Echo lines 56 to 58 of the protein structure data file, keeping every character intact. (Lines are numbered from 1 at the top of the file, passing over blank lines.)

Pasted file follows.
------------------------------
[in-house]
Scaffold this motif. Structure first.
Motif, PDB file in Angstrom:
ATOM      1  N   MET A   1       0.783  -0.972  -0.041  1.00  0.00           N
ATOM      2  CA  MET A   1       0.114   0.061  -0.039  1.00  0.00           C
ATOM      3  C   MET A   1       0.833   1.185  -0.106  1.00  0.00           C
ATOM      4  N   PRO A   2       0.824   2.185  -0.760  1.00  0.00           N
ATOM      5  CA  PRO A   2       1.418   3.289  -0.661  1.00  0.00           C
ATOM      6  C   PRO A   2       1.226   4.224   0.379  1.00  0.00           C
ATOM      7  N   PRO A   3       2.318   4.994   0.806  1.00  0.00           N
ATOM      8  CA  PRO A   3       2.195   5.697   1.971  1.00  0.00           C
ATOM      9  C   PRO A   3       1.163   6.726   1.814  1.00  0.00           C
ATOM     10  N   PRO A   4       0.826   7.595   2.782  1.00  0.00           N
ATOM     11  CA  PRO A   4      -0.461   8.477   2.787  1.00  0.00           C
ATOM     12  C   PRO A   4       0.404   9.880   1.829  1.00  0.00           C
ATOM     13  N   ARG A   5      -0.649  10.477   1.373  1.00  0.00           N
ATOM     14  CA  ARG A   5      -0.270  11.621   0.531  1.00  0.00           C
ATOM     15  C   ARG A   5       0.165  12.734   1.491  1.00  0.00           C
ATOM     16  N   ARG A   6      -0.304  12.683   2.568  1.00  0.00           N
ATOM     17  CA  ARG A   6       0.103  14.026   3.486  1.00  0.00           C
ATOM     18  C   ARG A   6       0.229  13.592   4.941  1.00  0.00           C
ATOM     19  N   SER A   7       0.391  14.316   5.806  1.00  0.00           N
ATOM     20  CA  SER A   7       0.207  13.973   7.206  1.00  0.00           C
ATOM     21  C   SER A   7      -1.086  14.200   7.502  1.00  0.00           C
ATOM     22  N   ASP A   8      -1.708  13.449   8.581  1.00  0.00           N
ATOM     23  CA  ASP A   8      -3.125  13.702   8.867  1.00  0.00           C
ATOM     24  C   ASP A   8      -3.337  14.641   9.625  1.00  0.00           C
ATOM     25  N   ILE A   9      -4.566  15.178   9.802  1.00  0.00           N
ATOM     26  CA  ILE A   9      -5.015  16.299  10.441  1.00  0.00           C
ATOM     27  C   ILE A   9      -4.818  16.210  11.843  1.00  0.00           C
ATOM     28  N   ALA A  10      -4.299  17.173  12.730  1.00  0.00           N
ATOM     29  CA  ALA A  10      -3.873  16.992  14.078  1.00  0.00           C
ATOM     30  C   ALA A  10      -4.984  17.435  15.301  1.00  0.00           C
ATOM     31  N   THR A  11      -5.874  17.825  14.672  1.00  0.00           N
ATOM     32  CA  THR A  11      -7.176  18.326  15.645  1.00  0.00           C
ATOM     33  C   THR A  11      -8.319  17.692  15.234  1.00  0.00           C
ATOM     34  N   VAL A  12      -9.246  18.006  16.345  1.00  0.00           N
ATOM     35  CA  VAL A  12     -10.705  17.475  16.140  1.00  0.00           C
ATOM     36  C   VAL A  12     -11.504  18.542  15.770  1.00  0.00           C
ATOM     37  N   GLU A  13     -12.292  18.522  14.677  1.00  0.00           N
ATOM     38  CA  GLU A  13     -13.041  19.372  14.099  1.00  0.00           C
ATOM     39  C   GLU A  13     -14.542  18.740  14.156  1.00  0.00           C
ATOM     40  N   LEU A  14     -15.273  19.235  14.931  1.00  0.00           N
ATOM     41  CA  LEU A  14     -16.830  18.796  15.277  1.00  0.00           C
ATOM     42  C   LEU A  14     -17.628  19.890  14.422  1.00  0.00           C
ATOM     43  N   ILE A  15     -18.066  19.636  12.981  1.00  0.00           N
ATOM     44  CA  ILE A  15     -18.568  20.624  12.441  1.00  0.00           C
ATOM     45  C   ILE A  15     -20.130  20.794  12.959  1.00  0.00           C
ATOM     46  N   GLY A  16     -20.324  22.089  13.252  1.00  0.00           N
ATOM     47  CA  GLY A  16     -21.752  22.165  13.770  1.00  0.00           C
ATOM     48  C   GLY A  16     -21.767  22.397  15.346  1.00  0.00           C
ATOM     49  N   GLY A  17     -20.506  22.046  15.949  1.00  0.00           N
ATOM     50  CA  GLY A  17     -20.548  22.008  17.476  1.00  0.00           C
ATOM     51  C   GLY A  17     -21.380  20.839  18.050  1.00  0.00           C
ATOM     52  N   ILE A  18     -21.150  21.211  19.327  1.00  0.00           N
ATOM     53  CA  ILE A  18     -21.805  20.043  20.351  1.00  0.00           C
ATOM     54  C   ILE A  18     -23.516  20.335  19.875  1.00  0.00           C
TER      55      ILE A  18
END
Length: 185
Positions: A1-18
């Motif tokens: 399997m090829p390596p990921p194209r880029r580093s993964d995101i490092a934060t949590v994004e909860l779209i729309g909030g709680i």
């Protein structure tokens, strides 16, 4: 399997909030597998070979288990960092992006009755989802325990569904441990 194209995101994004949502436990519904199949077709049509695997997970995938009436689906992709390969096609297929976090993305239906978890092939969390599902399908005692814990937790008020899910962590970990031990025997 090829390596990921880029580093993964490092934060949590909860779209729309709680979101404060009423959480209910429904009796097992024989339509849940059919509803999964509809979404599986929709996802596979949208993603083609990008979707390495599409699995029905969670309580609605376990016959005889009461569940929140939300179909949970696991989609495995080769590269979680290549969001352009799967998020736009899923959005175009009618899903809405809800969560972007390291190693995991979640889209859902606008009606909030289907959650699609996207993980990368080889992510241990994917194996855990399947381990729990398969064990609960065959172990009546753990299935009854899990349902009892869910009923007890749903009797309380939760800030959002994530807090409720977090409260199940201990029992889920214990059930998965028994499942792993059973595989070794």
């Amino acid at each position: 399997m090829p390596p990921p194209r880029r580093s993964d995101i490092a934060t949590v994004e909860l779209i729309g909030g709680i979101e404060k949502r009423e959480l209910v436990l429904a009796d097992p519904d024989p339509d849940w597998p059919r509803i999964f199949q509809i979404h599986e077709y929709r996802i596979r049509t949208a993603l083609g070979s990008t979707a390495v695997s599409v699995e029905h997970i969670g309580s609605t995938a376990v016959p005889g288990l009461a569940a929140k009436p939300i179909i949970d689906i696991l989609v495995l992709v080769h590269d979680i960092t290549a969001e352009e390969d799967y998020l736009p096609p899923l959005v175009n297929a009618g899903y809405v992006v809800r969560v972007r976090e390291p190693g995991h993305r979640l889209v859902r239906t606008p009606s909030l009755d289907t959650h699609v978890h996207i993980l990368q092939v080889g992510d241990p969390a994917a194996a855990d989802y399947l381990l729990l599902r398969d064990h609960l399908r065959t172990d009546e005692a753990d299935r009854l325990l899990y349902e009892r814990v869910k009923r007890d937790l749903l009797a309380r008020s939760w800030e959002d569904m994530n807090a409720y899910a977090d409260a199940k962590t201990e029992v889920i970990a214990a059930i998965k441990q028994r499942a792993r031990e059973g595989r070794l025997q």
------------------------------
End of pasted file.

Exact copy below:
ATOM     53  CA  ILE A  18     -21.805  20.043  20.351  1.00  0.00           C
ATOM     54  C   ILE A  18     -23.516  20.335  19.875  1.00  0.00           C
TER      55      ILE A  18